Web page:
Recall the Crusades,
and the thirst for the blood of infidels
- Muslims who occupied the Holy Lands.
“The Scarlet Letter” and the Salem witch trials
both bring to mind past forays into the Lord's fields.
Non-Christians are quick to cite such blemishes of history,
while ignoring the vast majority of faithful attention to the Gospel.
Violence pays evil dividends for generations.
Think that this violation doesn't happen in the modern era?
Consider violence in the name of culture and religion.
It is a constant churning and broiling
of killing and maiming going on
… all in the name of God.
In the nineties it was the killing fields of Rwanda and Serbia.
The last decade was terrorism and counter terrorism.
Today, it’s South Sudan, ISIS, and fundamental extremism.
Who hasn’t seen chilling video of unconscious slaughter?
It is human nature to trample the wheat
in an effort to purge the field of the weeds.
Jesus tells us that this is primal,
and that it needs to stop.
Hatred, discrimination, violence, rape and murder
In the name of God
Needs to stop.
When the slaves of the Lord of the Harvest approach Him
and ask permission for them to clean up some weeds,
the Lord replies
“‘No; for in gathering the weeds
you would uproot the wheat along with them.
Let both of them grow together until the harvest;
and at harvest time
I will tell the reapers,
Collect the weeds first and bind them in bundles to be burned,
but gather the wheat into my barn.’”
It's not Christianity's business to be tearing things up
in an effort to destroy the evil of this world.
Jesus affirms today that it is God's prerogative
to be the judge and final authority.
Just walk away, Jesus tells us.
Just walk away.
Walk away and wait.
This is hard medicine for us to swallow,
at least it is for me, I must admit.
When I hear daily reports of violence in our community,
Of abuse, neglect, rape and murder;
I'll tell you what
- I want to run right out there into the field of wheat
and rip out that God forsaken weed,
and fry him in an electric chair!
But our ways are not God's ways.
Jesus tells us to be patient.
Trim your lamps.
He can come at any watch in the night.
No one knows when.
It is God's field, not ours.
It is God who has grown the good wheat,
not the Evil One.
The pietistic Conservative and the lazy Liberal
might take this parable out of context
and draw the same, inaccurate conclusions from it
- that disciples of Christ are to take a hands off
– Laze fare –
attitude to the social conditions
– the poverty, the racism, the injustice of the world.
The pietistic Conservative and the lazy Liberal
Might find cause to take the immigration fight to innocent children,
Or to turn a blind eye to the discrimination and violence towards
the Rochester Bhutanese population.
On the contrary,
when embracing the larger picture of the Gospel and the life of Jesus,
the faithful recognize the fact
that Jesus reaches out to the poor,
the child left behind.
He radically changes their life for the better
– in a revolution of the meek,
who will inherit the earth,
a conversion of the poor,
who will receive the kingdom of heaven,
a complete reversal of fortune for the hungry,
who will be filled,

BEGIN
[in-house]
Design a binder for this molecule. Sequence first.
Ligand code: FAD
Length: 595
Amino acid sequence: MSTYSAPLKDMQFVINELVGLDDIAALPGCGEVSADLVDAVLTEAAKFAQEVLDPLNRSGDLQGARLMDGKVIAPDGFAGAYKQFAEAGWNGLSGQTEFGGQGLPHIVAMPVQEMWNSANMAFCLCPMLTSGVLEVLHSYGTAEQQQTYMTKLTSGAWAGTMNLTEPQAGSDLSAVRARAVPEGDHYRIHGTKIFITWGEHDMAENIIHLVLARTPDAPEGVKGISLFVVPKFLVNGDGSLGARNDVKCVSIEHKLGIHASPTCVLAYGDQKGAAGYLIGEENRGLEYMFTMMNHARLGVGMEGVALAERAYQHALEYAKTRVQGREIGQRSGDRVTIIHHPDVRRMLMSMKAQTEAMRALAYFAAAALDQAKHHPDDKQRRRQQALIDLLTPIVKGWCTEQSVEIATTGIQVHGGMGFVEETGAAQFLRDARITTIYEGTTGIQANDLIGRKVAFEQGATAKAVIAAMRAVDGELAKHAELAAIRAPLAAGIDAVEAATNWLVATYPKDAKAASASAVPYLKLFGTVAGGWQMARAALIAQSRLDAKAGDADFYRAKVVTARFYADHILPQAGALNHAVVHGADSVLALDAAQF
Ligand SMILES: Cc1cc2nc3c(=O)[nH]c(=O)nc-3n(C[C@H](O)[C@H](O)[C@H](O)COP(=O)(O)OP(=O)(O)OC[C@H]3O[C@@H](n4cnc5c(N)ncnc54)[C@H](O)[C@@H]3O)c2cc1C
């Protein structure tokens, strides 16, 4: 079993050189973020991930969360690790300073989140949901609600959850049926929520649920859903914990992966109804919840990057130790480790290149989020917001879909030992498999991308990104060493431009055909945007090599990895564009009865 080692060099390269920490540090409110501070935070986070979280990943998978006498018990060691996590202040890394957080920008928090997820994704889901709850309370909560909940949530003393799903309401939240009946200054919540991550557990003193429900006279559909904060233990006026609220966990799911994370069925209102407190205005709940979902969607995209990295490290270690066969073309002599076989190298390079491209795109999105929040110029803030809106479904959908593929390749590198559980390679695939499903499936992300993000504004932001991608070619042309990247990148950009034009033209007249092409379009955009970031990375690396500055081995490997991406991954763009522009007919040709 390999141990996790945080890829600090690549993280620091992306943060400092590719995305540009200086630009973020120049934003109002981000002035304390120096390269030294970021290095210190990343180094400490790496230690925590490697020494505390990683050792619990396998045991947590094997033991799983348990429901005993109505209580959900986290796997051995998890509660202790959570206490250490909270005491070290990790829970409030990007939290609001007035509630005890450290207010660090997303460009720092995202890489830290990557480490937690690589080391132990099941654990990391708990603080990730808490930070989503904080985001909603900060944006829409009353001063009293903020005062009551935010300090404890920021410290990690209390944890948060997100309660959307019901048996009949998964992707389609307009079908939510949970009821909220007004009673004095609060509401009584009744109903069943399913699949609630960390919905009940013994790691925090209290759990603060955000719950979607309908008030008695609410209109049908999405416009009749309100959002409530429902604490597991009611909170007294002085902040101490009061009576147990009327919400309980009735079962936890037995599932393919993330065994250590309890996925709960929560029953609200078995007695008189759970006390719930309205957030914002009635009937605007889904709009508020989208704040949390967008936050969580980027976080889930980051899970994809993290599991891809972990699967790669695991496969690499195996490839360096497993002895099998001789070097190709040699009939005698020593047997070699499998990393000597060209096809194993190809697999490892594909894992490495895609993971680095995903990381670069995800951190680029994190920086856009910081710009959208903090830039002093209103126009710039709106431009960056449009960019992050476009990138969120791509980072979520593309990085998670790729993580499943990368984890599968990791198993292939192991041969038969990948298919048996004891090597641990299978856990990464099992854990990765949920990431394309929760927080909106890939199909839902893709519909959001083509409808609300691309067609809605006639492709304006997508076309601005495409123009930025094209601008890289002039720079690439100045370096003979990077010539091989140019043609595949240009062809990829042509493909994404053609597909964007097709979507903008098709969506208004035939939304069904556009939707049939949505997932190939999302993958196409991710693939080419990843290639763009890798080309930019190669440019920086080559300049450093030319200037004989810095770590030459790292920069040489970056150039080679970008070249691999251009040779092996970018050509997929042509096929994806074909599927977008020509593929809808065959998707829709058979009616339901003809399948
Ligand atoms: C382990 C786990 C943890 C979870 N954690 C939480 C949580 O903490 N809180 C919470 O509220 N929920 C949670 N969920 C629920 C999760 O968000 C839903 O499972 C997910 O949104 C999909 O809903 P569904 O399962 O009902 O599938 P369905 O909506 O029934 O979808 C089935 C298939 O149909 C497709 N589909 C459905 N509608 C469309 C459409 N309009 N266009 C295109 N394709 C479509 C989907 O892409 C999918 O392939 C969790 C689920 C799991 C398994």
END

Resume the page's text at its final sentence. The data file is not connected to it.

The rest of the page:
a complete turnaround for the merciful,
who will receive mercy.
(paraphrased from Matthew 5).
We are enlisted to be Christ’s instrument of social change.
We are his disciples
who are to prepare the ground for his coming,
change the world using God's kingdom
and applying Jesus' life as our pattern,
so that when God's kingdom does come,
it will roll into town
like a joyful, New Orleans parade.
But, be forewarned:
The Evil One has been doing some sowing of his own.
It is the Evil One,
who brings sin into this world.
He is working against us.
He is making efforts to sabotage our work.
But the Evil One will not reign or triumph,
because this field here is
This field here is God's Kingdom!
This field here is God's Kingdom.
That sidewalk outside is God's sidewalk.
That mass grave in Tikrit is God's good earth,
The Garden of Eden.
The school girls who’ve been captured and held are God's children.
“Truly I tell you, just as you did it to one of the least of these
who are members of my family,
you did it to me.”
The evil of this world
will have to face the music in God's time,
will have to stand before the Lord in judgment,
and will be brought to the precipice of fire.
Jesus reveals a bit of God's Kingdom this morning,
when he tells us about God's judgment.
That judgment is very real.
It isn't up to us to decide
who goes to the fire
and who goes to the storehouses.
It isn't left up to us to be God's proxy judges
- even though the fundamentalists of this world
would lead you to believe otherwise.
God is the final authority.
It's God say,
and His call alone.
God is in control.
After all, this is God's Kingdom;
and don't ever forget that.
It may be unsettling to some,
who may fear the judgment of God
at some, unknown future time.
But there is assurance as well,
here in this Gospel parable of Jesus.
That assurance is this:
It is God who planted you, not the Evil One.
While each of us will pass in critical review before the Lord,
know that it was God who made you,
God who nurtured you,
and that God is looking forward to collecting us up
when the time of harvest comes.
God is a timely judge.
A wise jurist.
A just magistrate.
In this, we are invited to trust.
The Lord's purpose is not,
nor will it ever be
Some might look at today's field and only see the weeds.
But the faithful disciples of Jesus looks at the field
and knows that it is God's field,
God's decision when it is to be harvested,
and God's judgment that will triumph over all.
the chosen, faithful have no reason to fear God's judgment.
There is work to be done, dear sisters and brothers.
Let go of the evil.
Let it go.
Focus on what you can do for the good,
what you can do to prepare and welcome God's kingdom
when it does come.
Jesus is looking for a few good workers.
Won't you be one?